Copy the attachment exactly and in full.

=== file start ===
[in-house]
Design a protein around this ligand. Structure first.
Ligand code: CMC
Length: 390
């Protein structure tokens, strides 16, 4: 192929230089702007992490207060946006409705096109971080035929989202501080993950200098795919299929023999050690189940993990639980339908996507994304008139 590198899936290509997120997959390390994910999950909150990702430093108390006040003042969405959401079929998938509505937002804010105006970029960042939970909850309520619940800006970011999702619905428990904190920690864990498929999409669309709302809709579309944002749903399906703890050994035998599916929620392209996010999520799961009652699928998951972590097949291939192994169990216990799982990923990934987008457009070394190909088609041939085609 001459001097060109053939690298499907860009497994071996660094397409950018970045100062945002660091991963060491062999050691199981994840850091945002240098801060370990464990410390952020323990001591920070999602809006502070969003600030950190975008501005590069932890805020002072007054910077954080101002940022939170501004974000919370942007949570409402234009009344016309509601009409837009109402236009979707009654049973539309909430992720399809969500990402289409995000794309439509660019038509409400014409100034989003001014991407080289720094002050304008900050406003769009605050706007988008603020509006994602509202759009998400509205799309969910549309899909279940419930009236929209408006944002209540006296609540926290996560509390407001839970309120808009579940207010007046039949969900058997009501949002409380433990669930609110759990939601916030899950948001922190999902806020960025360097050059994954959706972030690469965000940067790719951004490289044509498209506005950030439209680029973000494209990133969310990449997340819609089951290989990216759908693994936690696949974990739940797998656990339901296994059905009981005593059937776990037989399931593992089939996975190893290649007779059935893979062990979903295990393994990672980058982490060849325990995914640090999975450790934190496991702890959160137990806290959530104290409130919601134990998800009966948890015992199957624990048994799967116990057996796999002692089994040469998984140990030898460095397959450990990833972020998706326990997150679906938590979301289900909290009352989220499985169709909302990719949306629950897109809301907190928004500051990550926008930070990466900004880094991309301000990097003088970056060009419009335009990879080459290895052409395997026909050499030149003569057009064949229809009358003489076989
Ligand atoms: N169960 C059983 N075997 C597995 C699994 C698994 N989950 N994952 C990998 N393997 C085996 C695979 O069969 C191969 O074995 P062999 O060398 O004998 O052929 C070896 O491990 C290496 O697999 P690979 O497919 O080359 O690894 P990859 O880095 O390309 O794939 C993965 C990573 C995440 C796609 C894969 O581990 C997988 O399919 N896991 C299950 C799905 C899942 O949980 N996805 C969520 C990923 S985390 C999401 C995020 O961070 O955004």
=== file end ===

[in-house]
Design a protein around this ligand. Structure first.
Ligand code: CMC
Length: 390
């Protein structure tokens, strides 16, 4: 192929230089702007992490207060946006409705096109971080035929989202501080993950200098795919299929023999050690189940993990639980339908996507994304008139 590198899936290509997120997959390390994910999950909150990702430093108390006040003042969405959401079929998938509505937002804010105006970029960042939970909850309520619940800006970011999702619905428990904190920690864990498929999409669309709302809709579309944002749903399906703890050994035998599916929620392209996010999520799961009652699928998951972590097949291939192994169990216990799982990923990934987008457009070394190909088609041939085609 001459001097060109053939690298499907860009497994071996660094397409950018970045100062945002660091991963060491062999050691199981994840850091945002240098801060370990464990410390952020323990001591920070999602809006502070969003600030950190975008501005590069932890805020002072007054910077954080101002940022939170501004974000919370942007949570409402234009009344016309509601009409837009109402236009979707009654049973539309909430992720399809969500990402289409995000794309439509660019038509409400014409100034989003001014991407080289720094002050304008900050406003769009605050706007988008603020509006994602509202759009998400509205799309969910549309899909279940419930009236929209408006944002209540006296609540926290996560509390407001839970309120808009579940207010007046039949969900058997009501949002409380433990669930609110759990939601916030899950948001922190999902806020960025360097050059994954959706972030690469965000940067790719951004490289044509498209506005950030439209680029973000494209990133969310990449997340819609089951290989990216759908693994936690696949974990739940797998656990339901296994059905009981005593059937776990037989399931593992089939996975190893290649007779059935893979062990979903295990393994990672980058982490060849325990995914640090999975450790934190496991702890959160137990806290959530104290409130919601134990998800009966948890015992199957624990048994799967116990057996796999002692089994040469998984140990030898460095397959450990990833972020998706326990997150679906938590979301289900909290009352989220499985169709909302990719949306629950897109809301907190928004500051990550926008930070990466900004880094991309301000990097003088970056060009419009335009990879080459290895052409395997026909050499030149003569057009064949229809009358003489076989
Ligand atoms: N169960 C059983 N075997 C597995 C699994 C698994 N989950 N994952 C990998 N393997 C085996 C695979 O069969 C191969 O074995 P062999 O060398 O004998 O052929 C070896 O491990 C290496 O697999 P690979 O497919 O080359 O690894 P990859 O880095 O390309 O794939 C993965 C990573 C995440 C796609 C894969 O581990 C997988 O399919 N896991 C299950 C799905 C899942 O949980 N996805 C969520 C990923 S985390 C999401 C995020 O961070 O955004």